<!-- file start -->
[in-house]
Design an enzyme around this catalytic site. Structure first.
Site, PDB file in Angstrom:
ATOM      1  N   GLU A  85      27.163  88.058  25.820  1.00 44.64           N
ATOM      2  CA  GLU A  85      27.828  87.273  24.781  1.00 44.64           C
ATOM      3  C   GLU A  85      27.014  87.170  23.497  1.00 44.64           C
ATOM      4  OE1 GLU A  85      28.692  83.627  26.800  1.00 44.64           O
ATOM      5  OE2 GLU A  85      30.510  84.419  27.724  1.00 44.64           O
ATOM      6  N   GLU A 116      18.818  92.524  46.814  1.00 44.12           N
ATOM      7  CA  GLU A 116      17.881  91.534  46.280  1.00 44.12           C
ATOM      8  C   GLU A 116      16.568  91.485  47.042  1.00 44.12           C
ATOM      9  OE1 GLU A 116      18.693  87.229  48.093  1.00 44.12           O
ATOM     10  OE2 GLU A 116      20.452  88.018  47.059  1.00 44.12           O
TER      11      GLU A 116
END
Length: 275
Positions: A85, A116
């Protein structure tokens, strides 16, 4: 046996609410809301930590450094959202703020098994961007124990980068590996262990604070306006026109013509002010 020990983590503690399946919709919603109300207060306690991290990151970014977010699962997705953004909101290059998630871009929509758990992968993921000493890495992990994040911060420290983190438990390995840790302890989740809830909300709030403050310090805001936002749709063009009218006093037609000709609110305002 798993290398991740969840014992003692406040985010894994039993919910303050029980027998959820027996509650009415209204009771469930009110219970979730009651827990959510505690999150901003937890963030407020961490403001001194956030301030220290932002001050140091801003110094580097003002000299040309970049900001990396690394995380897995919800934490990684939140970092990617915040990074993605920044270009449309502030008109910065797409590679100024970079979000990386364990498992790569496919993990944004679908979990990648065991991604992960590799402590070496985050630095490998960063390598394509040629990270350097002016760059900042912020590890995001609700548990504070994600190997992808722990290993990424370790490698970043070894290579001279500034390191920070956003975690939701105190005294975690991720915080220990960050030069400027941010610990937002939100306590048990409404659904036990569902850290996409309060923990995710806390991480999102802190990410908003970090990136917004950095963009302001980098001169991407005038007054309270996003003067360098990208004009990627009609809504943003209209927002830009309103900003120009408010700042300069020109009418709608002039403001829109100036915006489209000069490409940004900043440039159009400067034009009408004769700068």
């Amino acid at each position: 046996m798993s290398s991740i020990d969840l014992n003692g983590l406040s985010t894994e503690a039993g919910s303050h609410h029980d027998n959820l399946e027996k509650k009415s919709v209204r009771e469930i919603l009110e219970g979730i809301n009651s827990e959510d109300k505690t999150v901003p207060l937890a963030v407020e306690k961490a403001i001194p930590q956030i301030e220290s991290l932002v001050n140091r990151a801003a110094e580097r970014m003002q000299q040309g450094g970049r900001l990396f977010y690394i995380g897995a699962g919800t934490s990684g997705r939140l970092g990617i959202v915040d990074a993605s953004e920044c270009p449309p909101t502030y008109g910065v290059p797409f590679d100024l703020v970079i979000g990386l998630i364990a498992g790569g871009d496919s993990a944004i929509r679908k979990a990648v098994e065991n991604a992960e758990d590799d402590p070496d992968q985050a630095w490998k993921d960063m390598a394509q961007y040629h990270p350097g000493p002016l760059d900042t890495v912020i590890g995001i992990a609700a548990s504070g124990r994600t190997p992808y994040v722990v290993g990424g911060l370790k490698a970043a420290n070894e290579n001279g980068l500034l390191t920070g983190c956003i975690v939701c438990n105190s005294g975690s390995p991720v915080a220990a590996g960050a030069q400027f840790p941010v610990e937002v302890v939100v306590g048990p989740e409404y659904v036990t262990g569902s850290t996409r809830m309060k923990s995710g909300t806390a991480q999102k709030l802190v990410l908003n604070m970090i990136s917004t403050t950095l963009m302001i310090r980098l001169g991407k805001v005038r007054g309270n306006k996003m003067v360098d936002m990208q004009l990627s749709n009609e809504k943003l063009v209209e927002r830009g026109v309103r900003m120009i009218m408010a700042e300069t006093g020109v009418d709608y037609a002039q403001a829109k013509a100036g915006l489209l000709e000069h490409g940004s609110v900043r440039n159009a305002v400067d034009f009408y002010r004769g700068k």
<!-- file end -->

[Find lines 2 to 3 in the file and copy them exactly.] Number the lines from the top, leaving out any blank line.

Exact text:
Design an enzyme around this catalytic site. Structure first.
Site, PDB file in Angstrom: